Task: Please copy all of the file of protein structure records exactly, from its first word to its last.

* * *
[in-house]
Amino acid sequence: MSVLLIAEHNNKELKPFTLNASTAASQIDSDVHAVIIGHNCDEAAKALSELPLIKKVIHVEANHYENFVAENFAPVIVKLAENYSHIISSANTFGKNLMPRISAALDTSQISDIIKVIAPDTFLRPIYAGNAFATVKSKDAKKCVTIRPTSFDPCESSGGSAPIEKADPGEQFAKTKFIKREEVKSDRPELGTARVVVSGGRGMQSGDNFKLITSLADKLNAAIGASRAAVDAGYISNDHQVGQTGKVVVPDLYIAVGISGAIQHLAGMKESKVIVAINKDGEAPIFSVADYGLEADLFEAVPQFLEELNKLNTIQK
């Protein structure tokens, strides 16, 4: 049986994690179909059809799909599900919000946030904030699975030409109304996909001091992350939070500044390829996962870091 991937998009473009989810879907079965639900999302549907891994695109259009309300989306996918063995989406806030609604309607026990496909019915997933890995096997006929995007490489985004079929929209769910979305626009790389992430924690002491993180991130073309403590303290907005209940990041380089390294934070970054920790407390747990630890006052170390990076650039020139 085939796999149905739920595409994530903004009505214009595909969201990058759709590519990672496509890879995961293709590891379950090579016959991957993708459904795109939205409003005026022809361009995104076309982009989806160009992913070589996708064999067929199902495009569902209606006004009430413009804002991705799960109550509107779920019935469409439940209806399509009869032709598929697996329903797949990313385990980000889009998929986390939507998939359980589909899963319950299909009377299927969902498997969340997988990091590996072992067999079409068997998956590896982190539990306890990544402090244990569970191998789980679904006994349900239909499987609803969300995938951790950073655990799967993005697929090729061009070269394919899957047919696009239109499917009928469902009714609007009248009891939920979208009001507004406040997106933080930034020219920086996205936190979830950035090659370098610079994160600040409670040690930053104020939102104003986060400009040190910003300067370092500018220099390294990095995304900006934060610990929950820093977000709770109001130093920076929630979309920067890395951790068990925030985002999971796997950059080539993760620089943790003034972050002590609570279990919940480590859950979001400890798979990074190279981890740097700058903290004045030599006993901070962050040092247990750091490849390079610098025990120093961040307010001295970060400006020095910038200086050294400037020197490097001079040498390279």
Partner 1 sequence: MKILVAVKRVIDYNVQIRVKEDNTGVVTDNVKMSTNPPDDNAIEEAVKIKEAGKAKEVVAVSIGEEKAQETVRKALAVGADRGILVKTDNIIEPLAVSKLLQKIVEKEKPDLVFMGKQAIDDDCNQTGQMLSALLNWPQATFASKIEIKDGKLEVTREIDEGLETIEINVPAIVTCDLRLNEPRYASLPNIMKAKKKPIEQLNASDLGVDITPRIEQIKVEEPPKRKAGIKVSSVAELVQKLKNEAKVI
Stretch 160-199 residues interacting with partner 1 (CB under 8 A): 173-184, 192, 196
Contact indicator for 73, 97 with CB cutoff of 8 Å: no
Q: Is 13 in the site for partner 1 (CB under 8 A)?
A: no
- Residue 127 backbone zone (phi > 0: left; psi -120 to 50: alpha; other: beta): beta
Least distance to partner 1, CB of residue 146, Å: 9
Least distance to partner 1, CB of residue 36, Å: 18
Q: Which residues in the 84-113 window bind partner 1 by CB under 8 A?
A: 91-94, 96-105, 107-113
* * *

[in-house]
Amino acid sequence: MSVLLIAEHNNKELKPFTLNASTAASQIDSDVHAVIIGHNCDEAAKALSELPLIKKVIHVEANHYENFVAENFAPVIVKLAENYSHIISSANTFGKNLMPRISAALDTSQISDIIKVIAPDTFLRPIYAGNAFATVKSKDAKKCVTIRPTSFDPCESSGGSAPIEKADPGEQFAKTKFIKREEVKSDRPELGTARVVVSGGRGMQSGDNFKLITSLADKLNAAIGASRAAVDAGYISNDHQVGQTGKVVVPDLYIAVGISGAIQHLAGMKESKVIVAINKDGEAPIFSVADYGLEADLFEAVPQFLEELNKLNTIQK
């Protein structure tokens, strides 16, 4: 049986994690179909059809799909599900919000946030904030699975030409109304996909001091992350939070500044390829996962870091 991937998009473009989810879907079965639900999302549907891994695109259009309300989306996918063995989406806030609604309607026990496909019915997933890995096997006929995007490489985004079929929209769910979305626009790389992430924690002491993180991130073309403590303290907005209940990041380089390294934070970054920790407390747990630890006052170390990076650039020139 085939796999149905739920595409994530903004009505214009595909969201990058759709590519990672496509890879995961293709590891379950090579016959991957993708459904795109939205409003005026022809361009995104076309982009989806160009992913070589996708064999067929199902495009569902209606006004009430413009804002991705799960109550509107779920019935469409439940209806399509009869032709598929697996329903797949990313385990980000889009998929986390939507998939359980589909899963319950299909009377299927969902498997969340997988990091590996072992067999079409068997998956590896982190539990306890990544402090244990569970191998789980679904006994349900239909499987609803969300995938951790950073655990799967993005697929090729061009070269394919899957047919696009239109499917009928469902009714609007009248009891939920979208009001507004406040997106933080930034020219920086996205936190979830950035090659370098610079994160600040409670040690930053104020939102104003986060400009040190910003300067370092500018220099390294990095995304900006934060610990929950820093977000709770109001130093920076929630979309920067890395951790068990925030985002999971796997950059080539993760620089943790003034972050002590609570279990919940480590859950979001400890798979990074190279981890740097700058903290004045030599006993901070962050040092247990750091490849390079610098025990120093961040307010001295970060400006020095910038200086050294400037020197490097001079040498390279």
Partner 1 sequence: MKILVAVKRVIDYNVQIRVKEDNTGVVTDNVKMSTNPPDDNAIEEAVKIKEAGKAKEVVAVSIGEEKAQETVRKALAVGADRGILVKTDNIIEPLAVSKLLQKIVEKEKPDLVFMGKQAIDDDCNQTGQMLSALLNWPQATFASKIEIKDGKLEVTREIDEGLETIEINVPAIVTCDLRLNEPRYASLPNIMKAKKKPIEQLNASDLGVDITPRIEQIKVEEPPKRKAGIKVSSVAELVQKLKNEAKVI
Stretch 160-199 residues interacting with partner 1 (CB under 8 A): 173-184, 192, 196
Contact indicator for 73, 97 with CB cutoff of 8 Å: no
Q: Is 13 in the site for partner 1 (CB under 8 A)?
A: no
- Residue 127 backbone zone (phi > 0: left; psi -120 to 50: alpha; other: beta): beta
Least distance to partner 1, CB of residue 146, Å: 9
Least distance to partner 1, CB of residue 36, Å: 18
Q: Which residues in the 84-113 window bind partner 1 by CB under 8 A?
A: 91-94, 96-105, 107-113